Lamentations of the Flame Princess House Rules, Part 2 of 2

Jan2015_LeapofFaithSkills are a tricky business. They can be a valuable mechanic. But if the GM doesn’t call for a particular skill, then any players who advanced that skill gets fucked over. Case in point: architecture. I do not understand this skill. I’m supposed to ask for an architecture roll if players want to know the age of a wall relative to the rest of the building. Or if they think some bit of floor is unstable. But, if the players are clever enough to ask those questions, I prefer to give them the information outright, without a chance of failure. Which is fine, different GMing styles work for different folks. Except now the player who put a bunch of points into his architecture skill has wasted all those points.

The skill system and the GM need to be in agreement. But you can’t trash skills willy-nilly. There are 9 skills in the base Lamentations of the Flame Princess game. And a Specialist character gains 2 skill points at each level. If the number of available skills is reduced too much, then the Specialist will lack for options. Since there are a lot of skills in Rules-As-Written LotFP that I don’t use (4 out of the 9), I need a better solution than just dropping the skills I don’t like.  I’ve made an effort to rehabilitate some of the skills I don’t like, and to create some new ones which fit my play style better.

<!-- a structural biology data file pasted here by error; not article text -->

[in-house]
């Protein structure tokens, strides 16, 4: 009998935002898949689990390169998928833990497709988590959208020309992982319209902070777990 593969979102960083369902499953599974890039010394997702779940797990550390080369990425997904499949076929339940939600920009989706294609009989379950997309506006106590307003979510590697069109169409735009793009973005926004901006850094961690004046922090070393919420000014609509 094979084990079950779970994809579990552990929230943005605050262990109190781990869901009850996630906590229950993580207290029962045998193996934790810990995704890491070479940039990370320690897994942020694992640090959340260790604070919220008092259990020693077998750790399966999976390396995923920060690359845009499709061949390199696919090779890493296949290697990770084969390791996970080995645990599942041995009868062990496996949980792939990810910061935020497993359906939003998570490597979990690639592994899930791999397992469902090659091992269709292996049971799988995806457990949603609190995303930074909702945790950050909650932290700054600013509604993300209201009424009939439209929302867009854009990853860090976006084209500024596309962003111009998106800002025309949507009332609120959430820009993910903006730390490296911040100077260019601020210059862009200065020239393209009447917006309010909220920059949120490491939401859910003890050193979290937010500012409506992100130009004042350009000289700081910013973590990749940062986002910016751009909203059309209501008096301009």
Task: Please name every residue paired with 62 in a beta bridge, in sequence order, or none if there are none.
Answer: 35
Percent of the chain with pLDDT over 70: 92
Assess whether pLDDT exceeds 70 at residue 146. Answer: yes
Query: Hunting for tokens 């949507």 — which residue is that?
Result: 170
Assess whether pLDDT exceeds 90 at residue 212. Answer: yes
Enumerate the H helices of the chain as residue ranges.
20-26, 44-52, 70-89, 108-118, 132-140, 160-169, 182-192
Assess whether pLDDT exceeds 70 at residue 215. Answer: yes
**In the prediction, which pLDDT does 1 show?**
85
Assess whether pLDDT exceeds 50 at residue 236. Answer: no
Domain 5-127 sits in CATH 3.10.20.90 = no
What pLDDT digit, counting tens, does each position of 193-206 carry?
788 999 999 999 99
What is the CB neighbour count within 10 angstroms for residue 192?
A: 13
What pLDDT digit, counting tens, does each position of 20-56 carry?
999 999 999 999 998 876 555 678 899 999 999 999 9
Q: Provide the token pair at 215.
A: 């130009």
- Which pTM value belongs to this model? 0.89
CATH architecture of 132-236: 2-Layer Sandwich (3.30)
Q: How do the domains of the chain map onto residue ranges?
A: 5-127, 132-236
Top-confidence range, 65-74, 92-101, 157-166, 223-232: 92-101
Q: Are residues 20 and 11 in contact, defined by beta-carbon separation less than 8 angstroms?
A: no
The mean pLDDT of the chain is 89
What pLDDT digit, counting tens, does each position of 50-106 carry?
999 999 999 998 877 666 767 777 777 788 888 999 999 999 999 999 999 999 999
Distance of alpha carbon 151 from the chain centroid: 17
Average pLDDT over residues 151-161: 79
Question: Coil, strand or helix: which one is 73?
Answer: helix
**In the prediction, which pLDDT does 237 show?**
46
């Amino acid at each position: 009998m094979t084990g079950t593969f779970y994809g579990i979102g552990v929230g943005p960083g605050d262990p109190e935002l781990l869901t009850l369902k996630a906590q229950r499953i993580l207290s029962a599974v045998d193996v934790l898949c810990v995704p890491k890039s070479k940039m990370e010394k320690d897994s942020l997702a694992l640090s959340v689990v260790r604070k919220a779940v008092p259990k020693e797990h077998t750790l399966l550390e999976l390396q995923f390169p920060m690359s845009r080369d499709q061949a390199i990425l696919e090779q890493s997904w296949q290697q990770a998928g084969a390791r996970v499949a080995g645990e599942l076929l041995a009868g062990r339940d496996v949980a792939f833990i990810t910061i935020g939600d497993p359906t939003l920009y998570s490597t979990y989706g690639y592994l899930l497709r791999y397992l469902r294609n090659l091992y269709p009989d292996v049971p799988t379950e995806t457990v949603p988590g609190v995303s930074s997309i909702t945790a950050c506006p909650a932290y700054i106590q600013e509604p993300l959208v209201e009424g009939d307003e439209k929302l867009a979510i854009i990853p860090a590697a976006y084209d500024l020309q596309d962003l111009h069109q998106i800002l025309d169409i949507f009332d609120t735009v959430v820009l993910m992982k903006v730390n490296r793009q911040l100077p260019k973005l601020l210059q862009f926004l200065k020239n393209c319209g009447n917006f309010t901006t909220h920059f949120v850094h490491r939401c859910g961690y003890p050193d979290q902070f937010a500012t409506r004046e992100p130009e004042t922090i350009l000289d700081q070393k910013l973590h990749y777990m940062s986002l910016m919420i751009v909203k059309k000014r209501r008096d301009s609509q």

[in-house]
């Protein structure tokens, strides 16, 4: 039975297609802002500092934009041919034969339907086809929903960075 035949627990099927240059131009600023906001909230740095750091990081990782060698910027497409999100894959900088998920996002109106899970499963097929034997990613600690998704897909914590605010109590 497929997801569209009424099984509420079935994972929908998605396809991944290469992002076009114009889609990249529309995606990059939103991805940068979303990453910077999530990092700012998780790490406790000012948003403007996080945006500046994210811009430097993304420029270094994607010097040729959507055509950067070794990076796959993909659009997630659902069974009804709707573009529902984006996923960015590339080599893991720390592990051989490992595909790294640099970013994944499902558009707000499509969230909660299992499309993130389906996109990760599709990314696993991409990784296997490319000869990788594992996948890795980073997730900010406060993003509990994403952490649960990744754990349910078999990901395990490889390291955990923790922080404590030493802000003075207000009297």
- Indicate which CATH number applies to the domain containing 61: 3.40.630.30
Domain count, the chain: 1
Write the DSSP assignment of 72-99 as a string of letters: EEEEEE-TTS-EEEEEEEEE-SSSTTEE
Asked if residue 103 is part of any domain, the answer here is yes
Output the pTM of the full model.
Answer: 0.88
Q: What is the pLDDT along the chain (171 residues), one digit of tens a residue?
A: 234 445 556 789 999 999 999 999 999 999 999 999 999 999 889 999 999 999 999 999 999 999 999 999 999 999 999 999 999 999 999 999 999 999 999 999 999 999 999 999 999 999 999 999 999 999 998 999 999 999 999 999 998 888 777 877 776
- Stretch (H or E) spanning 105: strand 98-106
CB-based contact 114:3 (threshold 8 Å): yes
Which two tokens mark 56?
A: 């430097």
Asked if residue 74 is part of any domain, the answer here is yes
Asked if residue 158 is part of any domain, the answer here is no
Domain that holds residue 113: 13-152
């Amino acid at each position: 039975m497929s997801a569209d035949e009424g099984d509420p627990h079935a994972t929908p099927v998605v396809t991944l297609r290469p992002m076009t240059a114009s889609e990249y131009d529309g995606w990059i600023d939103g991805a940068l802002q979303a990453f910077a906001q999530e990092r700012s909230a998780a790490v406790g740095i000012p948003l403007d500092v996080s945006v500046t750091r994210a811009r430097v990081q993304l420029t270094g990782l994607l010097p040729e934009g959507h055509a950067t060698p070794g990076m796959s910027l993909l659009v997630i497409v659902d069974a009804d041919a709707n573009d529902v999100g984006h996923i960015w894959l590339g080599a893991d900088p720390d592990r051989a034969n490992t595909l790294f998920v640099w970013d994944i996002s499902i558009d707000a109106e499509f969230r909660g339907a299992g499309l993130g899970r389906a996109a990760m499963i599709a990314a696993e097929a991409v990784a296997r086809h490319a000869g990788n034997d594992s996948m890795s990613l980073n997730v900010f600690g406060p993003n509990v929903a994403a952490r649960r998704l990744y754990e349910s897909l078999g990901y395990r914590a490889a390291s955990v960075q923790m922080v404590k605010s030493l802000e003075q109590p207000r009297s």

I should note that I’m also working on implementing a way for any character, not just specialists, to improve their skills. That’s why I’ve noted two of the skills below as “Specialist Only.” I’ll go into more detail with that system in a later post. (Spoiler: it’s mostly stolen from better GMs than me.)

Note also that skills listed with a parenthetical ability are modified by that ability’s modifier (if any). If two are listed, the skill is modified by whichever of the two are better.

-Mostly Unchanged Skills-
(You can probably skip this entirely)

Sneak Attack (SPECIALIST ONLY): Characters with no points in this skill have their damage multiplied by 1 when they attack from hiding, or while flanking an enemy. For each point a specialist puts into Sneak Attack, their multiplier is improved by one. (x2 for 1 point, x3 for 2 points, etc.)